Comparisons (synkrises) can be used to show the equality of two persons in some or many things; sometimes both persons are praised but one is better; and sometimes one blames one while praising the other. Observe carefully the following comparative composition.
|A Comparison Of Achilles And Hector|
In seeking to compare virtue to virtue, I shall measure the son of Peleus against Hector; for virtues are to be honored for themselves, but when measured against each other they become more worthy of imitation.
Well then, they were not born in the same land, but nevertheless each in a land to be praised. The one came from Phthia, where the eponymous hero of Hellas came from, and the other from Troy, whose original founders were descendants of gods. To the extent that having been born in similar places is no derogation of praise, Hector is not excelled by Achilles. And while both were born in a praiseworthy land, both had equal ancestry; for each descended from Zeus. Achilles was son of Peleus, Peleus of Aeacus, and Aeacus of Zeus; similarly, Hector was son of Priam and (grandson) of Laomedon, and Laomedon was son of Dardanus, and Dardanus had been a son of Zeus. And having been born descendants of Zeus, they enjoyed similar forefathers: of Achilles, Aeacus and Peleus, of whom the former brought Greeks the end of droughts, and the other was granted marriage with a goddess as a prize of valor for slaying the Lapiths; Hector’s ancestor was Dardanus who earlier dined with the gods, and his father was Prima, the ruler of a city whose walls were built by gods. Indeed, to the extent that marrying gods and dining with them is similar, to that extent Hector is comparable to Achilles. And having descended from such ancestors, both were brought up for bravery. The one was reared by Cheiron, while Priam was tutor to the other, giving demonstrations of his own courage. Since training for courage was equal in both, it brings equal glory to them.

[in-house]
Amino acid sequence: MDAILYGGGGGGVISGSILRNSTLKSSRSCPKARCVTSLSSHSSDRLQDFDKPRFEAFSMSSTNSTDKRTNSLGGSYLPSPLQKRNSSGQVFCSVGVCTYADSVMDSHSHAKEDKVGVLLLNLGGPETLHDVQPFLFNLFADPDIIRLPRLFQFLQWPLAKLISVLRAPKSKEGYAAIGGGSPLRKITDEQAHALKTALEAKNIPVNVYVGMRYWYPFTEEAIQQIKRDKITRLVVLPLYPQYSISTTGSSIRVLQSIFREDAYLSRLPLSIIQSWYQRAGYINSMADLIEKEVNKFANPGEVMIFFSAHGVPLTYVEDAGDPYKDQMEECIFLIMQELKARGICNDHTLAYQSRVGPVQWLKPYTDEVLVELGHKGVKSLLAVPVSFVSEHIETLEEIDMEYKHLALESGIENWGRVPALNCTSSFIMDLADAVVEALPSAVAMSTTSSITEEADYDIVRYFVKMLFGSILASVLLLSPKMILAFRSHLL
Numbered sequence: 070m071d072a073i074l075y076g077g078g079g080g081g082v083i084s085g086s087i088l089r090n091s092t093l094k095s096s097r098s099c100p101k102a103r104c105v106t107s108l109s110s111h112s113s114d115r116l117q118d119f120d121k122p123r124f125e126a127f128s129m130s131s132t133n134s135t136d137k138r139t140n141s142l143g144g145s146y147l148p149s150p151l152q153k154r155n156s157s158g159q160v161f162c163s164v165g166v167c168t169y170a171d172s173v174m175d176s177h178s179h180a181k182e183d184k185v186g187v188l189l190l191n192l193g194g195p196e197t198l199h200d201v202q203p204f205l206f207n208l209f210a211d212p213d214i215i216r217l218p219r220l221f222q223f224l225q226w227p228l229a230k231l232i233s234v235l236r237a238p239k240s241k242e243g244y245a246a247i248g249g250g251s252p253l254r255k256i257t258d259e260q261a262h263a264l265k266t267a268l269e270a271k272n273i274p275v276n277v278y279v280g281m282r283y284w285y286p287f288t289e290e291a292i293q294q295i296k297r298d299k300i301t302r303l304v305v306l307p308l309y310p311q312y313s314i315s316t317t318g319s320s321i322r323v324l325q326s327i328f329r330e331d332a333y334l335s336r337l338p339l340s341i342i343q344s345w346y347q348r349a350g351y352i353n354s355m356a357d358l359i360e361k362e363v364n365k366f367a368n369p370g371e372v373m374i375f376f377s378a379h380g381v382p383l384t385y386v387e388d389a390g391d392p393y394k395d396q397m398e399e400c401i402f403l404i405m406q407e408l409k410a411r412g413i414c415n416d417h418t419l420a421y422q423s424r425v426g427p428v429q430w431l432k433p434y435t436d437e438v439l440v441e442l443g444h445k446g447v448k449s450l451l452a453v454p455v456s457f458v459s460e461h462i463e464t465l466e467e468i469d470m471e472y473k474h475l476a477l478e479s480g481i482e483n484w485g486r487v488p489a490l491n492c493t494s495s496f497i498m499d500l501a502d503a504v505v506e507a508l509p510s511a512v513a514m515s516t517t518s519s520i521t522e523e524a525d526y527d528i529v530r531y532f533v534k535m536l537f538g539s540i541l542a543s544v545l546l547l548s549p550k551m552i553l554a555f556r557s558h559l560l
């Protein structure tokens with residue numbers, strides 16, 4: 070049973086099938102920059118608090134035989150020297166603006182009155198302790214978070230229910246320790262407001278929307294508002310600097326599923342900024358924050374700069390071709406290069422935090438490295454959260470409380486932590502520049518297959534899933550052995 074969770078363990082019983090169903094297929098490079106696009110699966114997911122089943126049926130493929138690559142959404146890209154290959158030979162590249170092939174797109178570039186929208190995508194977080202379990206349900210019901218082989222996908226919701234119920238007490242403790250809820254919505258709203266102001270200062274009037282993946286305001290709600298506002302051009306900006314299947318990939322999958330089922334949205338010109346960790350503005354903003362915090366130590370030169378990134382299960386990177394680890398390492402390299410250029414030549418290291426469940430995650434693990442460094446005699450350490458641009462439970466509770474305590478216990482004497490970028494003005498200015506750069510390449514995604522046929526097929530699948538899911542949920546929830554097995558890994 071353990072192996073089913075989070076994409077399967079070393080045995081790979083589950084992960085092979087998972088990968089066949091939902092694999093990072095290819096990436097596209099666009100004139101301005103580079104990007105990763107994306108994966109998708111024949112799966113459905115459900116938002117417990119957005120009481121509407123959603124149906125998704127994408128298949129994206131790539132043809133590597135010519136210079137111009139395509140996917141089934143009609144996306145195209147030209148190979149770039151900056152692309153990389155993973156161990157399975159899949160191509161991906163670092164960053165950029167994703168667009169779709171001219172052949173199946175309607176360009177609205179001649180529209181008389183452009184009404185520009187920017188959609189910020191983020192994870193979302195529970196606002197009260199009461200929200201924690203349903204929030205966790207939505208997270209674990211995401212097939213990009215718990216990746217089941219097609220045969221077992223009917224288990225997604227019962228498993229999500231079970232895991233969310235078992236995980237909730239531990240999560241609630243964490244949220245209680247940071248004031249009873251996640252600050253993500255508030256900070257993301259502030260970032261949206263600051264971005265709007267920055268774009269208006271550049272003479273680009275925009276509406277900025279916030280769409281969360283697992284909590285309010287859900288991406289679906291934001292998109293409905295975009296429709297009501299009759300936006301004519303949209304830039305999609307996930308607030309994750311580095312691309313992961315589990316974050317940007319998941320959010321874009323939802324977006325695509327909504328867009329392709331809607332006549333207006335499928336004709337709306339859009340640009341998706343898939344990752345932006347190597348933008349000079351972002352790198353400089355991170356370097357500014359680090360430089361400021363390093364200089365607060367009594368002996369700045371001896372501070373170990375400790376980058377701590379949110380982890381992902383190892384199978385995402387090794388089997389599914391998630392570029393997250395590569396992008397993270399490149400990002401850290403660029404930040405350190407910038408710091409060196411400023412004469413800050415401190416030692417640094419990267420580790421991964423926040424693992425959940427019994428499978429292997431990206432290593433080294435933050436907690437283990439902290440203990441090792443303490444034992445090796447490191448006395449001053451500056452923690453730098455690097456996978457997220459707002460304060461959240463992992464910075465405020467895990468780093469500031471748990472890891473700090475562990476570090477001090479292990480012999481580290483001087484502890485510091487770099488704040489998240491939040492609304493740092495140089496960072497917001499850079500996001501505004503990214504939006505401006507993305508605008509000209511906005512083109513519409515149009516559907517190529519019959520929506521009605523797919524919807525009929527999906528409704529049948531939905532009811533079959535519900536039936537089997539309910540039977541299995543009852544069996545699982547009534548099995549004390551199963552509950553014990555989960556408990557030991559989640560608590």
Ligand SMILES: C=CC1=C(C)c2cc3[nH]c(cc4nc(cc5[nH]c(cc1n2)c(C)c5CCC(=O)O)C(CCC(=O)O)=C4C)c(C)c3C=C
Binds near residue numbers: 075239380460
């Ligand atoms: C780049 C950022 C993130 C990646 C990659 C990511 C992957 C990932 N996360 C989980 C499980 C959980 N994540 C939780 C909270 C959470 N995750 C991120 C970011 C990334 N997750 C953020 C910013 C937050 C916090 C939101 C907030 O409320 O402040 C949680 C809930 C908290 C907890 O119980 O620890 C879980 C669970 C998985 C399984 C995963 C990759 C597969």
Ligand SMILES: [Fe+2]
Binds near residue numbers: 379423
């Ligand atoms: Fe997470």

When both came to manhood, they acquired equal prestige from one war. First, Hector was leader fo the Trojans and, while alive, the protector of Troy; during that time he continued to have gods aiding him in the fight and when he fell he made Troy fall with him. Achilles was the leader of Greece in arms; terrifying all, he subdued the Trojans and had the help of Athene in the fight, and his death took away the superiority of the Achaeans. The one (Hector) was defeated and killed through the agency of Athene, the other (Achilles) fell, struck by Apollo. Both were descended from gods and were destroyed by gods. They received the end of their life from the same source as their birth. To the extent that their life and death were nearly equal, Hector is nearly equal to Achilles.
There are many other things that could be said about the virtue of both, if it were not that both had nearly equal fame from their deeds.
—An excerpt from: Progymnasmata: Greek Textbooks of Prose Composition and Rhetoric edited by George Alexander Kennedy